Conference Proceeding

Recognition of Motor Imagery Electroencephalography Using Independent Component Analysis and Machine Classifiers.

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    ABSTRACT: Any brain–computer interface (BCI) system must translate signals from the users brain into messages or commands (see Fig. 1). Many signal processing and machine learning techniques have been developed for this signal translation, and this chapter reviews the most common ones. Although these techniques are often illustrated using electroencephalography (EEG) signals in this chapter, they are also suitable for other brain signals.
    10/2011: pages 305-330;
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    ABSTRACT: To determine whether EEG spectral analysis could be used to demonstrate awareness in patients with severe brain injury. We recorded EEG from healthy controls and three patients with severe brain injury, ranging from minimally conscious state (MCS) to locked-in-state (LIS), while they were asked to imagine motor and spatial navigation tasks. We assessed EEG spectral differences from 4 to 24 Hz with univariate comparisons (individual frequencies) and multivariate comparisons (patterns across the frequency range). In controls, EEG spectral power differed at multiple frequency bands and channels during performance of both tasks compared to a resting baseline. As patterns of signal change were inconsistent between controls, we defined a positive response in patient subjects as consistent spectral changes across task performances. One patient in MCS and one in LIS showed evidence of motor imagery task performance, though with patterns of spectral change different from the controls. EEG power spectral analysis demonstrates evidence for performance of mental imagery tasks in healthy controls and patients with severe brain injury. EEG power spectral analysis can be used as a flexible bedside tool to demonstrate awareness in brain-injured patients who are otherwise unable to communicate.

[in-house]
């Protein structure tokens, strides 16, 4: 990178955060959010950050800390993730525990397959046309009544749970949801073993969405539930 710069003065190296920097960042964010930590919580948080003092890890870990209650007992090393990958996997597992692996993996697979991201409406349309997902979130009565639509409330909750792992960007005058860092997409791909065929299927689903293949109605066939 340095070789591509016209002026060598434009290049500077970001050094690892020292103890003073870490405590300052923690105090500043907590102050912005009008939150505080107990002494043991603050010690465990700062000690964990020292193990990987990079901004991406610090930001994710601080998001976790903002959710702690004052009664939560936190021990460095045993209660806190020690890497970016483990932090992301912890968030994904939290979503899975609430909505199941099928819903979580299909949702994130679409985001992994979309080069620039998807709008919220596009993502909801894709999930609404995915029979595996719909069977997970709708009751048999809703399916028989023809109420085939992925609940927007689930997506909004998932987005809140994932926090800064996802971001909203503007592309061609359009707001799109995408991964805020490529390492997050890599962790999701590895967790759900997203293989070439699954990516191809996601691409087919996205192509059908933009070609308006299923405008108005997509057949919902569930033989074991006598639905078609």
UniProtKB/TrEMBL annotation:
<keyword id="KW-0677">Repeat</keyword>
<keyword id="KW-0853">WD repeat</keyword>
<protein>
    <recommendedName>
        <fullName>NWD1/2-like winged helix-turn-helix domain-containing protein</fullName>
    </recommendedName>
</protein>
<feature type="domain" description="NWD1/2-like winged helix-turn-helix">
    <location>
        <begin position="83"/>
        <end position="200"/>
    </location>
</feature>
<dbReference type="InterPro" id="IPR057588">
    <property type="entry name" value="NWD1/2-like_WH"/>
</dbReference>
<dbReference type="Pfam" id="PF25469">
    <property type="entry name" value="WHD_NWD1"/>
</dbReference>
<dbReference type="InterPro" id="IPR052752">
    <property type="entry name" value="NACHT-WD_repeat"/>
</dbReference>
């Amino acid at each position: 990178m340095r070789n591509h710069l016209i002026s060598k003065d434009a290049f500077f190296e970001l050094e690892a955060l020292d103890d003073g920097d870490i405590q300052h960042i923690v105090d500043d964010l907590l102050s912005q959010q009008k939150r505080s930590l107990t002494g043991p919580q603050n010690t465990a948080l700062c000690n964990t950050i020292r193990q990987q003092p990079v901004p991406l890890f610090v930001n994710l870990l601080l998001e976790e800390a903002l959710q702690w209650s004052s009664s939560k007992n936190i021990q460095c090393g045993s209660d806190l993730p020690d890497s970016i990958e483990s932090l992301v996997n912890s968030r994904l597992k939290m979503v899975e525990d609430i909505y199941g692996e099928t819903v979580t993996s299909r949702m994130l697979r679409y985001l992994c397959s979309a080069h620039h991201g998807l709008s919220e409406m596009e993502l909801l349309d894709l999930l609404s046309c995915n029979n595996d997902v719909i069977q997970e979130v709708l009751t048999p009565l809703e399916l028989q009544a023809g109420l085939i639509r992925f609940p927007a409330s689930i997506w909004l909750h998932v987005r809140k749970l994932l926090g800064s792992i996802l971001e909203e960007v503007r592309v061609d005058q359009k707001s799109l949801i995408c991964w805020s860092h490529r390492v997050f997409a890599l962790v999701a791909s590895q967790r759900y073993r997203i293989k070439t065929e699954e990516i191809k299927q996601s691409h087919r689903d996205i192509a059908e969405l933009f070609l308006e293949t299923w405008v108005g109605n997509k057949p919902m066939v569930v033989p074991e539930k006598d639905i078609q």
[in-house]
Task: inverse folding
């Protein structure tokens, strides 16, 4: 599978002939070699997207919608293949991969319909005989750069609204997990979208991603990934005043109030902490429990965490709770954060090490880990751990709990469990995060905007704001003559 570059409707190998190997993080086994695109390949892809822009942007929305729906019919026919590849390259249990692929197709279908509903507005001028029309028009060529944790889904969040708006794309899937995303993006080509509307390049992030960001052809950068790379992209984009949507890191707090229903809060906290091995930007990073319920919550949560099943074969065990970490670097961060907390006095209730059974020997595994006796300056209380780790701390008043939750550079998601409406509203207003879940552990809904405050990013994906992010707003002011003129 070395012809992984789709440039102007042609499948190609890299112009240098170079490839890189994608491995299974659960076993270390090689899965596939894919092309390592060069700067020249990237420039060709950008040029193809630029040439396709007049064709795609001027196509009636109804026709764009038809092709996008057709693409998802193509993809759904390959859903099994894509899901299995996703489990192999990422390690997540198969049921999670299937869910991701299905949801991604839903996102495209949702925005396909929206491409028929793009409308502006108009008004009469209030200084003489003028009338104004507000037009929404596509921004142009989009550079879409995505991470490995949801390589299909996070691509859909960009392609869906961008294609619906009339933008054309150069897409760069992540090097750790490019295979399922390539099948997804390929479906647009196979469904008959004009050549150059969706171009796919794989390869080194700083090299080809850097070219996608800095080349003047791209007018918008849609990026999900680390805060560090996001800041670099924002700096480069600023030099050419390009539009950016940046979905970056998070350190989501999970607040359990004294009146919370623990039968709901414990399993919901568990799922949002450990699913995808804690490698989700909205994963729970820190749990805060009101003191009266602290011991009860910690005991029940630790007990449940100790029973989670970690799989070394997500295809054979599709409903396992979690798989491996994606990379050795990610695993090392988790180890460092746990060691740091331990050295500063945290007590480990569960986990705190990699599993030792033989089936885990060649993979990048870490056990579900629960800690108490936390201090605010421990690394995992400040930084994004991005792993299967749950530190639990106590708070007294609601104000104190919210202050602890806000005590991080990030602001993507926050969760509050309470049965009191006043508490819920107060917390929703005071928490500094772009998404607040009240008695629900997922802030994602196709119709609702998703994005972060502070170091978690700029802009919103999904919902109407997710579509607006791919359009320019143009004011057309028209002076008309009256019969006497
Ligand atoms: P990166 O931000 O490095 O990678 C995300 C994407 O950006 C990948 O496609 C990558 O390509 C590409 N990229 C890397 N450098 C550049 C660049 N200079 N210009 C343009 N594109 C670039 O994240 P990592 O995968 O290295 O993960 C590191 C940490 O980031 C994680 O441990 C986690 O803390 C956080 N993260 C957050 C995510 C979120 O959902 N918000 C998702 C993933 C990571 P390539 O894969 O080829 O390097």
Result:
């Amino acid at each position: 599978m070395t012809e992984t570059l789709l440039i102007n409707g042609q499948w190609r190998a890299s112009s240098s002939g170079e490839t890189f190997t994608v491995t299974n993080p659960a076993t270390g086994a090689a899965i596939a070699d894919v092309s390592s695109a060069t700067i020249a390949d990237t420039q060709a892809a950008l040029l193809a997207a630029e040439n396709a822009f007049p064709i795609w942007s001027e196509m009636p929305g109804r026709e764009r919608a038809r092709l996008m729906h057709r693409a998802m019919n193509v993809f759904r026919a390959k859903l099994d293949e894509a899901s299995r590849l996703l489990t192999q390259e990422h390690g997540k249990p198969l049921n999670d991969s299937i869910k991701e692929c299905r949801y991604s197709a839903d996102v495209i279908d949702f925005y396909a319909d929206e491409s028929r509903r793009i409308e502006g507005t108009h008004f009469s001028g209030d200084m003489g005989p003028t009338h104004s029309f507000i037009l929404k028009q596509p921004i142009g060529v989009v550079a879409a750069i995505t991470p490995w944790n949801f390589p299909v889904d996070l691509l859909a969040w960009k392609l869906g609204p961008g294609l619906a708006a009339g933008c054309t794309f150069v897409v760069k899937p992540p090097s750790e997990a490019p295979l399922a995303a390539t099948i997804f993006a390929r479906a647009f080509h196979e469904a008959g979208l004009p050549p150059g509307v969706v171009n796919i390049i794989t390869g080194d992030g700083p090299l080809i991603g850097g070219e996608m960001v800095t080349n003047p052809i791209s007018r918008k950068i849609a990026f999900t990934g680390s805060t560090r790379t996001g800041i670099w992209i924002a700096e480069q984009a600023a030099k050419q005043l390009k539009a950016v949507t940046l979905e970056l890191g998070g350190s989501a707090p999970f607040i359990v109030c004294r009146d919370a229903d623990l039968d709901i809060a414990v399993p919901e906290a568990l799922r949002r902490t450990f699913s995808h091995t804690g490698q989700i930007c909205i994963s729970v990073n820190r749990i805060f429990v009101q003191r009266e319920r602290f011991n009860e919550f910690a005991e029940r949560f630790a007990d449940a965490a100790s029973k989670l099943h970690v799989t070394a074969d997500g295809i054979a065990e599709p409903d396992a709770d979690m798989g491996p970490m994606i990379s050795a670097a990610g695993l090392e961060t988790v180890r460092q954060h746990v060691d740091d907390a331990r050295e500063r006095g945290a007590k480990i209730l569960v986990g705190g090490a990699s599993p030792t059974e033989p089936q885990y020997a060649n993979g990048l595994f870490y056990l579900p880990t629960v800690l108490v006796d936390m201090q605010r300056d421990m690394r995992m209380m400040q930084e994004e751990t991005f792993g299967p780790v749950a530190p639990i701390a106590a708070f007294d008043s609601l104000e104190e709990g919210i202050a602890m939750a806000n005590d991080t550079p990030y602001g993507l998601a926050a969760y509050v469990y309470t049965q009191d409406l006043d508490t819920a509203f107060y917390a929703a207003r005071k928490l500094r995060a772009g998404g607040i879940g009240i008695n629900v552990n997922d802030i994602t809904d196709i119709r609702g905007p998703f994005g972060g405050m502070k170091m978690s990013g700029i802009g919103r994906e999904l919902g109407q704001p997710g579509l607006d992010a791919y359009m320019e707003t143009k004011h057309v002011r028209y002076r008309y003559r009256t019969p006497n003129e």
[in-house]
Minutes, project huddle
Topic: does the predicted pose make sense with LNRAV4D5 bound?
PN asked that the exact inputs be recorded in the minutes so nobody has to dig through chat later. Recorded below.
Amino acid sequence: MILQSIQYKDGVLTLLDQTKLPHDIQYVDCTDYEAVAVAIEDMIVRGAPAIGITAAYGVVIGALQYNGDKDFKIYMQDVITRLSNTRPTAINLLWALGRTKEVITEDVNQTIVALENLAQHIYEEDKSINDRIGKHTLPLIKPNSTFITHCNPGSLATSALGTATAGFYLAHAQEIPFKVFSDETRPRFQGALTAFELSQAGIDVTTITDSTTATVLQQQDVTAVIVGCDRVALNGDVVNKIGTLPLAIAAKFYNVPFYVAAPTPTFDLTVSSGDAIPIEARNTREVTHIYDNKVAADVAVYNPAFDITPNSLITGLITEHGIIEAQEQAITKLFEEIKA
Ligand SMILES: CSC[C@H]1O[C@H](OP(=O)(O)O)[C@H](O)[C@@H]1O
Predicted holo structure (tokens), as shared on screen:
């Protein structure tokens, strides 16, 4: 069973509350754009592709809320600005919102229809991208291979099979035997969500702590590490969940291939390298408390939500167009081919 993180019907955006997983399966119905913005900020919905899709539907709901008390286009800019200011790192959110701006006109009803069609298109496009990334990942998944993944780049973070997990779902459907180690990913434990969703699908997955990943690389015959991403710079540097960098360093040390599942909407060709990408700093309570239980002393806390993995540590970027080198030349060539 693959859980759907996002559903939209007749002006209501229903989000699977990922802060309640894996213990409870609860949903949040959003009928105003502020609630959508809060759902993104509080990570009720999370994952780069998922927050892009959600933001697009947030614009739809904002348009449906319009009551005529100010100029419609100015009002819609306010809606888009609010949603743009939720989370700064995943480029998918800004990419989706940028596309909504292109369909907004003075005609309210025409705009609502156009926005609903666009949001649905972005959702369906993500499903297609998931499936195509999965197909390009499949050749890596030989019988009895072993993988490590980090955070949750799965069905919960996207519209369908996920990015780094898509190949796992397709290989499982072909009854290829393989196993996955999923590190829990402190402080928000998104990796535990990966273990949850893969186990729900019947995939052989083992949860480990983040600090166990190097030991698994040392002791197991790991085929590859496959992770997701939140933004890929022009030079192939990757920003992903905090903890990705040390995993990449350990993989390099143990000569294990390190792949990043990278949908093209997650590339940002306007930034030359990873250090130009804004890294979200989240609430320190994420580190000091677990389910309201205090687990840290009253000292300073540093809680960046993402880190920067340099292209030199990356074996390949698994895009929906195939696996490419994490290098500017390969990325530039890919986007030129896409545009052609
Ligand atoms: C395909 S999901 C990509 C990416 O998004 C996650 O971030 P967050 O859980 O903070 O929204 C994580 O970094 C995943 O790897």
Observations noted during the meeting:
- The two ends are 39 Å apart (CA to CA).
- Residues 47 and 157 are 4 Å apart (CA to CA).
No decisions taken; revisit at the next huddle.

Clinical neurophysiology: official journal of the International Federation of Clinical Neurophysiology 04/2011; 122(11):2157-68. · 3.12 Impact Factor
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    ABSTRACT: This study addresses Brain-Computer Interface (BCI) systems meant to permit communication for those who are severely locked-in. The current study attempts to evaluate and compare the efficiency of different translating algorithms. The setup used in this study detects the elicited P300 evoked potential in response to six different stimuli. Performance is evaluated in terms of error rates, bit-rates and runtimes for four different translating algorithms; Bayesian Linear Disciminant Analysis (BLDA), Linear Discriminant Analysis (LDA), Perceptron Batch (PB), and nonlinear Support Vector Machines (SVMs) were used to train the classifier whilst an N-fold cross validation procedure was used to test each algorithm. A communication channel based on Electroencephalography (EEG) is made possible using various machine learning algorithms and advanced pattern recognition techniques. All algorithms converged to 100% accuracy for seven of the eight subjects. While all methods obtained fairly good results, BLDA and PB were superior in terms of runtimes, where the average runtimes for BLDA and PB were 13 ± 2 and 15.6 ± 6 seconds, respectively. In terms of bit-rates, BLDA obtained the highest average value (22 ± 12 bits/minute), where the average bit-rate for all subjects, all sessions, and all algorithms was 18.76 ± 10 bits/minute.
    J Health Med Informat. 01/2013; 4(2).

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Feb 25, 2014